"But you do know it. I have part of an array. I can control a spark but I can't make it grow. I can't get the transmutation down right. I have a parlor trick, nothing more," Roy lamented.

"And I'm going to be as unfair to you as Father was," she said.

Roy spun around, trying to hide the fury in his eyes. "So you won't tell me."

"Promise to help me and you can have all the secrets I know," she replied, her jaw set like stone.

Roy's mouth went dry. Her father had played games with him. Would she do the same? "What do you want?"

"Sponsor my entrance into the military academy. I might be too young to get in on my own."

Roy blinked. "That's it?"

She lifted her hands then let them fall. "Yes."

"That's simple, but Teacher wouldn't have liked it. Your father hated the military." Roy wrinkled his nose. "He'll probably haunt me if I help you get into the military."

She laughed. "You don't believe in souls and god. How can you believe in ghosts?"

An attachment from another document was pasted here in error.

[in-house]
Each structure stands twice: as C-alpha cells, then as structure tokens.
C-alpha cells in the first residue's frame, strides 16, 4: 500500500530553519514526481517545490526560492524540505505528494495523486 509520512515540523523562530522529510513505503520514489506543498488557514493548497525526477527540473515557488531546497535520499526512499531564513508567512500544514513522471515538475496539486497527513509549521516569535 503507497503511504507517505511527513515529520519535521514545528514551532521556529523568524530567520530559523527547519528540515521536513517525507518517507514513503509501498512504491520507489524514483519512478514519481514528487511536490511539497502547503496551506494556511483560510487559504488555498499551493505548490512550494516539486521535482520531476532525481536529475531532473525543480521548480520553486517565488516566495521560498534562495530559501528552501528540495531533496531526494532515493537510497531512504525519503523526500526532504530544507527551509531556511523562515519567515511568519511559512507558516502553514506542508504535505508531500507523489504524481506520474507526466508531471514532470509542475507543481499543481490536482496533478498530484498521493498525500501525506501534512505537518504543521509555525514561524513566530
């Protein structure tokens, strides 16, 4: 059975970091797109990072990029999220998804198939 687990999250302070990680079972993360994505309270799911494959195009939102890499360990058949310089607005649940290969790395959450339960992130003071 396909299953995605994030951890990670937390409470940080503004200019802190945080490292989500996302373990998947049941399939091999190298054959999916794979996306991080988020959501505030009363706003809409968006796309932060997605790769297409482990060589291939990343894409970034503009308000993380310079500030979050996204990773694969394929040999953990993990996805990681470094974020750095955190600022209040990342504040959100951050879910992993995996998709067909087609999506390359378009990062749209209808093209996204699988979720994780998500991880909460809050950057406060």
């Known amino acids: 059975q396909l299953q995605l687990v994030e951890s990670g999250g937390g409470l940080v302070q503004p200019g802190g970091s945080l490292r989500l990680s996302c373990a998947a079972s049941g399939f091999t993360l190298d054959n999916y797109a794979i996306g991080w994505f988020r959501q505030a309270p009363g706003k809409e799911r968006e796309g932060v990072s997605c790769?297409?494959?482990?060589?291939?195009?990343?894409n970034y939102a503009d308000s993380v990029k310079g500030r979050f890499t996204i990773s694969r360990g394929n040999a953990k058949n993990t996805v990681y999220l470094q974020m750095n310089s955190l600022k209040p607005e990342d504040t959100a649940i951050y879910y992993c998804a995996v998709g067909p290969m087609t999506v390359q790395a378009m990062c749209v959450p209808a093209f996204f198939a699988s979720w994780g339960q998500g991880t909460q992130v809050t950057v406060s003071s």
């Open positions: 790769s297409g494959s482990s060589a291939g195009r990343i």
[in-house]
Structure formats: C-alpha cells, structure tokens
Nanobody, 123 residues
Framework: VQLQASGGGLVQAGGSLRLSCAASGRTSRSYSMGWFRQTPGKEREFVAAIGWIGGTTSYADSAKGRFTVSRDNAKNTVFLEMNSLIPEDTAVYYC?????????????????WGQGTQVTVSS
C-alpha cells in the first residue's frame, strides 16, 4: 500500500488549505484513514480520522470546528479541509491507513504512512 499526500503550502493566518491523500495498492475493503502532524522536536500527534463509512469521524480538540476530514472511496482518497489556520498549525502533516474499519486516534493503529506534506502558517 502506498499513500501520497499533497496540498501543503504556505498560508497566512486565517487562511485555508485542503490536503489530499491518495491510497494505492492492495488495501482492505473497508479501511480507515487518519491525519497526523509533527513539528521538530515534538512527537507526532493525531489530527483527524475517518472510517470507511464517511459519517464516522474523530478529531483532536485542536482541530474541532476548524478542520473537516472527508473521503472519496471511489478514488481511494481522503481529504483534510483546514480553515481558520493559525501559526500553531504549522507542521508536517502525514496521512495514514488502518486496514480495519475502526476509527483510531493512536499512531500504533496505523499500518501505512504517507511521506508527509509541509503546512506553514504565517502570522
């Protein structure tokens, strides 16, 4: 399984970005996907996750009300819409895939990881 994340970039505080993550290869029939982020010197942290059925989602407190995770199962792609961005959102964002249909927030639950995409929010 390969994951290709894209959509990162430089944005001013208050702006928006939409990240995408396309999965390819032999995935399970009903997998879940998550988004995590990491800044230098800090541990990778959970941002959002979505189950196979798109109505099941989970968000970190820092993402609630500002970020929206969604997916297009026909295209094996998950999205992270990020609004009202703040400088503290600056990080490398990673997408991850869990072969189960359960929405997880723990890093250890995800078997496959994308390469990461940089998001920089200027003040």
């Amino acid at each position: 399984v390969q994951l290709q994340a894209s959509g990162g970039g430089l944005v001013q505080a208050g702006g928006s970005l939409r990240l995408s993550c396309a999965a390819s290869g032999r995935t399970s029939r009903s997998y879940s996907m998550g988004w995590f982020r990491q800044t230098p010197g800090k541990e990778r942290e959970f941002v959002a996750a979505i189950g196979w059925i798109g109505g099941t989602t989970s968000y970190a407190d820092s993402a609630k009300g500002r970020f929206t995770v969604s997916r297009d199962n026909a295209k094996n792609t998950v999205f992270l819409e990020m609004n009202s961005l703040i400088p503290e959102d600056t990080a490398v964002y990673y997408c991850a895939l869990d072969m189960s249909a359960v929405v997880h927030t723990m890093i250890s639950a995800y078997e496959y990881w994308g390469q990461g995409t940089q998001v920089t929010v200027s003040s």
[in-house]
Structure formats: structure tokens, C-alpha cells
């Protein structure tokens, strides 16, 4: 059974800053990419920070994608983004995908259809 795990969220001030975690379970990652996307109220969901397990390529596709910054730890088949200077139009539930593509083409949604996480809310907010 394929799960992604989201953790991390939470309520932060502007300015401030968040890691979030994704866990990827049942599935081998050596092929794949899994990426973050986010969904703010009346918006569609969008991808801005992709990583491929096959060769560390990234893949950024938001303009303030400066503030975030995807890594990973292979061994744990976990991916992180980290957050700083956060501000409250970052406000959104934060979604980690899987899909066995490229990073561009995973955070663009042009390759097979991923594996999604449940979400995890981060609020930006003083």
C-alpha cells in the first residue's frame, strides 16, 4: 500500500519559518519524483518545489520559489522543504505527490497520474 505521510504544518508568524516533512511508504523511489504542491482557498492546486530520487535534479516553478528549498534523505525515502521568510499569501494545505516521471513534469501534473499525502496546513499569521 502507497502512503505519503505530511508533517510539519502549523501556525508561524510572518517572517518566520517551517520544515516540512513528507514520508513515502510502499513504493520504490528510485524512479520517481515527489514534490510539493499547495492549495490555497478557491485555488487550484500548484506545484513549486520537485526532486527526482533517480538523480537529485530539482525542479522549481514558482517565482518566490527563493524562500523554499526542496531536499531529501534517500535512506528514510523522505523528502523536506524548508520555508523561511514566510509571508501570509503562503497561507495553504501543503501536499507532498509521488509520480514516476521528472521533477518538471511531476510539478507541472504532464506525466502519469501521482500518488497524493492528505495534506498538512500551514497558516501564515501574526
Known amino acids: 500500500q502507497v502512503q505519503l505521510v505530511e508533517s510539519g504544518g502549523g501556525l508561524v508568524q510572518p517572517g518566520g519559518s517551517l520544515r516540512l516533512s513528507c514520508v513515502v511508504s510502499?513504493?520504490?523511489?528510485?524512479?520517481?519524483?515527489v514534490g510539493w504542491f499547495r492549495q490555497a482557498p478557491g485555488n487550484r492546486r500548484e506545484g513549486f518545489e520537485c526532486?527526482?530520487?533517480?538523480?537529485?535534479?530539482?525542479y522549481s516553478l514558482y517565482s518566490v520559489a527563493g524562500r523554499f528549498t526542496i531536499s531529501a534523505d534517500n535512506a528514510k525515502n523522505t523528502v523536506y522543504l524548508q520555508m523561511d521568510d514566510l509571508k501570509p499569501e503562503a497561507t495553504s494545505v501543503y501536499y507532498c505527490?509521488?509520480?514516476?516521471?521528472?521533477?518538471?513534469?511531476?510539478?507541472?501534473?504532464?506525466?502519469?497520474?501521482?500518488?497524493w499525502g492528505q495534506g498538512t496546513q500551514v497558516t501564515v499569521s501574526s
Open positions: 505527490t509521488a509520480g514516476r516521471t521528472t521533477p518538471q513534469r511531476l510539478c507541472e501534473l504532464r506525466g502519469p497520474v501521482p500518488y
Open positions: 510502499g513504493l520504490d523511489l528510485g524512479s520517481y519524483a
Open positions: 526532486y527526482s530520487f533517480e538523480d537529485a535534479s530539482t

He smiled. "Fine, but you know what I mean. might have to kill if you join in the military." Roy rubbed his chin. "Then again, with your academy skills, you'll probably be put in the secretarial pool or in acquisitions."

"You tell them about those skills of mine and I'll teach you what my cousin Bryn taught me." Riza's voice was hard and yet held a smidgen of humor.

Roy went to the window and looked out at the setting sun. "Bryn? Bob's son?"

"You never met him, did you?"

Roy shook his head.

Riza got up off the bed and closed the curtains on the enormous window. "I love my cousin. He's long gone from here but when we were little, he loved to be in the woods, loved everything about it. He enjoyed the hunt and he taught it to me. I'm good in the woods, Roy. I can track prey. I can shoot. You have no idea how good I can shoot. The military won't be putting me in an office too quickly. I'd be more useful in the field."